(solution) Goals of this Assignment Use the Function Design Recipe to plan,

(solution) Goals of this Assignment Use the Function Design Recipe to plan,

Goals of this Assignment

  • Use theFunction Design Recipeto plan, implement, and test functions.
  • Write function bodies using variables, numeric types, strings, and conditional statements. (You can do this whole assignment with only the concepts from Weeks 1, 2, and 3 of CSC108.)
  • Learn to use Python 3, provided starter code, a type-check module, and other tools.

Background Information

In this section, we describe a scenario to help explain what the program you will be writing does. Since we assume you have only been programming for a few weeks, we have made some adjustments to the code you will implement that are unrealistic but that make the problem easier to solve. We encourage you to pay attention to details and requirements you find unrealistic, and consider what you would need to be able to do to improve your program. You can read more about this in the “Going Further” section.

Most post-secondary institutions use some kind of computer system to help manage admissions. Often, these programs are used to handle straightforward admissions cases, freeing up human time to work on the more complex ones. The purpose of the system you are working on is to determine if students meet cutoffs for admission to degree programs and for consideration for scholarships.

Admission to degrees is based on marks in high school courses a student has taken. In our admission program, we are given two marks for every course in a student’s application. The first mark is their grade on coursework, and the second is their grade on the final exam. Their final mark in the course is the average of those two marks.

In the 2016-2017 academic year, post-secondary institutions in Alberta needed to update their admissions systems to handle a special group of incoming students. In May 2016, out-of-control wildfires forced the evacuation of about 90000 people from Fort McMurray, a city in northern Alberta. This included students who were in their final year of high school, preparing to write final exams. Due to the evacuation, most students were not able to write their exams.

To accommodate students in this special situation, post-secondary institutions in Alberta changed the admission criteria for these students; they would be admitted based on their coursework marks up to the evacuation, and not on the coursework plus exam mark typically used. These special criteria were only applied to students who came from particular schools in the affected year.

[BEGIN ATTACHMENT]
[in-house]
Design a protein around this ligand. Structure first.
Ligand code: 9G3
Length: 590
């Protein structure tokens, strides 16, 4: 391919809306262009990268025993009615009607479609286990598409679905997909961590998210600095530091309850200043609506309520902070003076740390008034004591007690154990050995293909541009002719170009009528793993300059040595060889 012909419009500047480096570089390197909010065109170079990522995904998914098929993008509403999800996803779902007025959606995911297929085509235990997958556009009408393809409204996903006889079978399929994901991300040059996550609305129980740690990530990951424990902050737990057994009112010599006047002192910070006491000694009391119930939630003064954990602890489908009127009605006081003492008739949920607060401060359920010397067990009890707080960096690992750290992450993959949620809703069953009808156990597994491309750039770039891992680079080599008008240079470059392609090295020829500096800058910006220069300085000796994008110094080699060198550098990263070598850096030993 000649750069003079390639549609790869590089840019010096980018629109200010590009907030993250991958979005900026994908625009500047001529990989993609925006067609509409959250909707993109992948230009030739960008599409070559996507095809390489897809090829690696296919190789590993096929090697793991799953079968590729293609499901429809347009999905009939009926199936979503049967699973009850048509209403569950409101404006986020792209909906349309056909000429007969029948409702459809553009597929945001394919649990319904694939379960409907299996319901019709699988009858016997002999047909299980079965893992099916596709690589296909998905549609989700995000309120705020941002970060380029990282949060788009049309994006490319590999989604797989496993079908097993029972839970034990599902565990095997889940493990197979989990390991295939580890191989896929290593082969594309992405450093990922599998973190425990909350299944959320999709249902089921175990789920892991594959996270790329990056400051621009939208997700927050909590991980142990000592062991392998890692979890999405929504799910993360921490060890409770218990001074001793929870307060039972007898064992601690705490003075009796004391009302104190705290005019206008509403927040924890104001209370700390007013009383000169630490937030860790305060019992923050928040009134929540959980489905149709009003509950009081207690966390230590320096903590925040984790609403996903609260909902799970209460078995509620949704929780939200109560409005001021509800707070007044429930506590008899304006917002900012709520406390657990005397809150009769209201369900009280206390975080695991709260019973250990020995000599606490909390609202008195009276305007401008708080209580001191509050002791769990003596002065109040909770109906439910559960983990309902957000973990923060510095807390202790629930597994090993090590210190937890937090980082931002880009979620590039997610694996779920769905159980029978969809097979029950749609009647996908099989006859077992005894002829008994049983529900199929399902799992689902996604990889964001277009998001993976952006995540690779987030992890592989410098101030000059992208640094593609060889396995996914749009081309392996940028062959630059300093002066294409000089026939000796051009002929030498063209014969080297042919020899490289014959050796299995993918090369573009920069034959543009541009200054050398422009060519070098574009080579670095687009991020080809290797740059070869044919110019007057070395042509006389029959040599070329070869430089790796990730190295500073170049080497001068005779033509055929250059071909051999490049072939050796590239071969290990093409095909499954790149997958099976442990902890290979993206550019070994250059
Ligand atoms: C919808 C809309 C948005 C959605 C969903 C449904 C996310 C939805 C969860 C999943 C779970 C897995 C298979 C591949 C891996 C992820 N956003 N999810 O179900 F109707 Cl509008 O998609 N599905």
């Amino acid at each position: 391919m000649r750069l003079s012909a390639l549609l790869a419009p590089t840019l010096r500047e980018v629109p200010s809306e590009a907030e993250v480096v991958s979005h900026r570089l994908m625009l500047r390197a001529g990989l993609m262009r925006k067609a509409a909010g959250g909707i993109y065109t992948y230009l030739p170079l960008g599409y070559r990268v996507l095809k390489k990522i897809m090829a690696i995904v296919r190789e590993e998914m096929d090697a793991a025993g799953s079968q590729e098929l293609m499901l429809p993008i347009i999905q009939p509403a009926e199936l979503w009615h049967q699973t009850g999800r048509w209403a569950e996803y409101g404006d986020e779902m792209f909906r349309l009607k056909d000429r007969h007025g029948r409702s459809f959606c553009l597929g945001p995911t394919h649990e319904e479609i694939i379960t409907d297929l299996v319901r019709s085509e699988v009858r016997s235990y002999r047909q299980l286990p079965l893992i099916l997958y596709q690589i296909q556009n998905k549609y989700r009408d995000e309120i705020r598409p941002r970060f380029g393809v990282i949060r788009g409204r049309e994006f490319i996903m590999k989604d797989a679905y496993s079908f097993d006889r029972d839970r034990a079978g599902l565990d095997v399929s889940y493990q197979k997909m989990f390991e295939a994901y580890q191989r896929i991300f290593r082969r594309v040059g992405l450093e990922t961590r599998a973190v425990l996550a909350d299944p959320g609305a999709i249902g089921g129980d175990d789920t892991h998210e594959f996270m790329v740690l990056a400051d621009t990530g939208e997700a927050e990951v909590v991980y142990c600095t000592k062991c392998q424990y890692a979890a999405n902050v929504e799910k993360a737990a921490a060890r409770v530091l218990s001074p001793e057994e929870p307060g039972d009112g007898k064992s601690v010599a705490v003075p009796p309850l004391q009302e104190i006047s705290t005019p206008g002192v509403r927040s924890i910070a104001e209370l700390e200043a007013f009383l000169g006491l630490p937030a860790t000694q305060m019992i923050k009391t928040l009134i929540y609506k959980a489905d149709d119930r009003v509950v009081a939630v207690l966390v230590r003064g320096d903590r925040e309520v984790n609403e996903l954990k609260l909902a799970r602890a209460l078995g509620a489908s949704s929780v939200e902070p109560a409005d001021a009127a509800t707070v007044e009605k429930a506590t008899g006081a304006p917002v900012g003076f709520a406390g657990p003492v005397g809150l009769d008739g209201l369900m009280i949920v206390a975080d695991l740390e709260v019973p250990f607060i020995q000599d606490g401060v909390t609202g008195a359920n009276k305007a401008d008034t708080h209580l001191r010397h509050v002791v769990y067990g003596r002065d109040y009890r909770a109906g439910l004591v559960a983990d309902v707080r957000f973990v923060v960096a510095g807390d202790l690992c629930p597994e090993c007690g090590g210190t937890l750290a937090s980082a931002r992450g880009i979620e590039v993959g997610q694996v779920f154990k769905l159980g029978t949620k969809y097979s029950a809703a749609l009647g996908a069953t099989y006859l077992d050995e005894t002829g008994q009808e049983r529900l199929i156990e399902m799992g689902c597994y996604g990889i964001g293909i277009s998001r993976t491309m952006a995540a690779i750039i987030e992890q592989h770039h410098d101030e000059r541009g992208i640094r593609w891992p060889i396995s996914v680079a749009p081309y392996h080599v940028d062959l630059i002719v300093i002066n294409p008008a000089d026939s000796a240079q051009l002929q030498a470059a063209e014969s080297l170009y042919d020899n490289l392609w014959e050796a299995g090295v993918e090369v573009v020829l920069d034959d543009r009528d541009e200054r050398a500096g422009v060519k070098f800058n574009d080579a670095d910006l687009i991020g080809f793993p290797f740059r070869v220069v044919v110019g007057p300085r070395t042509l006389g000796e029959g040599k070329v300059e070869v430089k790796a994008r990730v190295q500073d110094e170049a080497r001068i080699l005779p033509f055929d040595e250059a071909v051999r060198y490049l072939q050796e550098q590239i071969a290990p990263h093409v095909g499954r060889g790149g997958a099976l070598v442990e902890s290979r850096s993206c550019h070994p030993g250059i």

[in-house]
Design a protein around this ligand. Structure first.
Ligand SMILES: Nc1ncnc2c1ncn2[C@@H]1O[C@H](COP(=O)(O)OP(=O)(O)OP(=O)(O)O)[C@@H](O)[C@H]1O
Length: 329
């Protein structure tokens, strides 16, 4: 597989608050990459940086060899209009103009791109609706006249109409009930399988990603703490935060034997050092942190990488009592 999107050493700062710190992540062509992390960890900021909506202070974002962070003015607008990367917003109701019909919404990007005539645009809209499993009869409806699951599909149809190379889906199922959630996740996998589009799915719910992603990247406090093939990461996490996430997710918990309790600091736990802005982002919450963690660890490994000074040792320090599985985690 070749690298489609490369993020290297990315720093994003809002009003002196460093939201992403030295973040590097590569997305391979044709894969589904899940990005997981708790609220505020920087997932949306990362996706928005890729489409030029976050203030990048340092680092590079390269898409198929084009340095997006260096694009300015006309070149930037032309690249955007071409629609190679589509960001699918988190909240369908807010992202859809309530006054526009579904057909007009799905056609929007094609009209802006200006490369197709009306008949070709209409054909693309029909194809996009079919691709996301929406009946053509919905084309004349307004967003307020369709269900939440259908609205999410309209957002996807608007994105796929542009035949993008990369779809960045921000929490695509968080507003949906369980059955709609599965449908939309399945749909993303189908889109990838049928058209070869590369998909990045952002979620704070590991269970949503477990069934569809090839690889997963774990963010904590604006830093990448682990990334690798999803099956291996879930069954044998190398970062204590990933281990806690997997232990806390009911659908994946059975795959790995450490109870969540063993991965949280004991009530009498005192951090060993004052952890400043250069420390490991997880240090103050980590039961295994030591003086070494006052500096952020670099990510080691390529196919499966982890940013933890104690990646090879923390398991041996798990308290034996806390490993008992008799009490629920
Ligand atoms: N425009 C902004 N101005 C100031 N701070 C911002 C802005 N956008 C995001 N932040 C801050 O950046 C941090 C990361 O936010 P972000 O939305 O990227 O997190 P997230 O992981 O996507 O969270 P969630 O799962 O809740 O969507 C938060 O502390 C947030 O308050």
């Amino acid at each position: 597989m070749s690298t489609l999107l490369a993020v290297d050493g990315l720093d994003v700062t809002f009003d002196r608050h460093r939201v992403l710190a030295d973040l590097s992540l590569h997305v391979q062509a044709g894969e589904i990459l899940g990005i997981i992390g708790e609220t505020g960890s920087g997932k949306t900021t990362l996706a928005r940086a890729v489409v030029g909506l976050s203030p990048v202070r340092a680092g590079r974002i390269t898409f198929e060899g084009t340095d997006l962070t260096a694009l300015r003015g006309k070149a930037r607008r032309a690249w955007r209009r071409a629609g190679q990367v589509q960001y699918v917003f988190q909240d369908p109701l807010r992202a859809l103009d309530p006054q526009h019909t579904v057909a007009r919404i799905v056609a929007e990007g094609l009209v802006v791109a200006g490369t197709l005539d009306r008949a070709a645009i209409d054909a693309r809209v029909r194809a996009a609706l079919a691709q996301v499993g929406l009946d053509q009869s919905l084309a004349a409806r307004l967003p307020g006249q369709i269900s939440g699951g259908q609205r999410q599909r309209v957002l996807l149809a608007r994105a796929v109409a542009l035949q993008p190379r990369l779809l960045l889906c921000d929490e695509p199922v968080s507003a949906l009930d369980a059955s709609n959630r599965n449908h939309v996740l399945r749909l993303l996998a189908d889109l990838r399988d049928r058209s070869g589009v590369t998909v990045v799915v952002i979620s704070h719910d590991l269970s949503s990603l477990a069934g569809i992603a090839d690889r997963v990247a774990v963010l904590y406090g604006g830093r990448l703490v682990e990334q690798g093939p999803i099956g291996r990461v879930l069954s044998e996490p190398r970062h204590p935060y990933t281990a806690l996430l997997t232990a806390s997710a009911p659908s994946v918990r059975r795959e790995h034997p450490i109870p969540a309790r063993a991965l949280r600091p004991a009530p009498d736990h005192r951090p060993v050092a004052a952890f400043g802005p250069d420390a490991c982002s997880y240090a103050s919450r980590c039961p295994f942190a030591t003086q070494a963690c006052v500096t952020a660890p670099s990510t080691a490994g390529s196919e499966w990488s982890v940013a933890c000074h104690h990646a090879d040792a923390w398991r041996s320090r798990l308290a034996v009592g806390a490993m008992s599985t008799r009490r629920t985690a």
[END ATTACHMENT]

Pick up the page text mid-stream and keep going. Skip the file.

Our Admission Process

This section describes the process our admission system will use.

Admission to a degree is based on the average of a student’s final mark in up to three high school courses. The admission program contains a set of courses that can be used; not every course a student submits can necessarily be used for admission.

Each degree has its own cutoff for admission. Additionally, students whose average is 5% or more above the admission cutoff receive a scholarship.

Each student application is a record consisting of an ID number, the name of the student, the high school they attended, their graduation year, the three courses they wish to use for admission, and the degree they are applying to.

The admission system reports, for each student, the admission decision for their application to a particular degree. If a student applies for more than one degree, the system will have more than one record for them.

Terminology and Data

In this section, we define some of the information used in the admission system, and describe how the information is represented in the program.

  • student record: A student record consists of an ID number, the student’s name, the high school they attended, their graduation year, a course record for each of the three courses they wish to use for admission, and the name of the degree they are applying to. In the Assignment 1 program, a student record is represented by a string, with each piece of information separated by a comma. You will see examples of student records in the provided code. You may assume that student records will only contain commas to separate information.
  • course record: A course record consists of a course code, a coursework mark, and an exam mark. In the Assignment 1 program, a course record is represented by a string, with each piece of information separated by a comma. For this assignment, you can assume that each mark is exactly two characters; for example,9and100are not possible marks.
  • transcript: A transcript consists of three course records. In the Assignment 1 program, a transcript is represented by a string, with each course record separated by a comma.
  • course code: A course code is a string of three characters that represents a course. Any string of three characters (other than a comma) is a valid course code.